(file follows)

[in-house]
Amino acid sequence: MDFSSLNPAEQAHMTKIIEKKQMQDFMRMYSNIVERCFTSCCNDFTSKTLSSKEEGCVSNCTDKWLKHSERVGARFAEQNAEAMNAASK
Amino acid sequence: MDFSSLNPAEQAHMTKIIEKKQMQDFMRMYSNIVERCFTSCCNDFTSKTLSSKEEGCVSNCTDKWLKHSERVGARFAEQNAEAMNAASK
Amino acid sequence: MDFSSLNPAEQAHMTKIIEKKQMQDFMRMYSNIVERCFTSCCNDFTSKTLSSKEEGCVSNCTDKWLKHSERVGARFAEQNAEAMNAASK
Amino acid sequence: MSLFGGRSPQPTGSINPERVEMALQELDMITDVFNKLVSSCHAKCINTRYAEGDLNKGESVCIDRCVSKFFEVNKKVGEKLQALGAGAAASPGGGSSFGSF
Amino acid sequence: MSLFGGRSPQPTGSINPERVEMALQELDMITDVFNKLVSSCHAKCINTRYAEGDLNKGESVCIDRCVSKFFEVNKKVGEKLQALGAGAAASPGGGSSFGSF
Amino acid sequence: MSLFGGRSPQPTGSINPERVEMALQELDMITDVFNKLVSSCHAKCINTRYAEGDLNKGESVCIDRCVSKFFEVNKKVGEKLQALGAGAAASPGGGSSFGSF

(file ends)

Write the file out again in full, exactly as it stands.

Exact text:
[in-house]
Amino acid sequence: MDFSSLNPAEQAHMTKIIEKKQMQDFMRMYSNIVERCFTSCCNDFTSKTLSSKEEGCVSNCTDKWLKHSERVGARFAEQNAEAMNAASK
Amino acid sequence: MDFSSLNPAEQAHMTKIIEKKQMQDFMRMYSNIVERCFTSCCNDFTSKTLSSKEEGCVSNCTDKWLKHSERVGARFAEQNAEAMNAASK
Amino acid sequence: MDFSSLNPAEQAHMTKIIEKKQMQDFMRMYSNIVERCFTSCCNDFTSKTLSSKEEGCVSNCTDKWLKHSERVGARFAEQNAEAMNAASK
Amino acid sequence: MSLFGGRSPQPTGSINPERVEMALQELDMITDVFNKLVSSCHAKCINTRYAEGDLNKGESVCIDRCVSKFFEVNKKVGEKLQALGAGAAASPGGGSSFGSF
Amino acid sequence: MSLFGGRSPQPTGSINPERVEMALQELDMITDVFNKLVSSCHAKCINTRYAEGDLNKGESVCIDRCVSKFFEVNKKVGEKLQALGAGAAASPGGGSSFGSF
Amino acid sequence: MSLFGGRSPQPTGSINPERVEMALQELDMITDVFNKLVSSCHAKCINTRYAEGDLNKGESVCIDRCVSKFFEVNKKVGEKLQALGAGAAASPGGGSSFGSF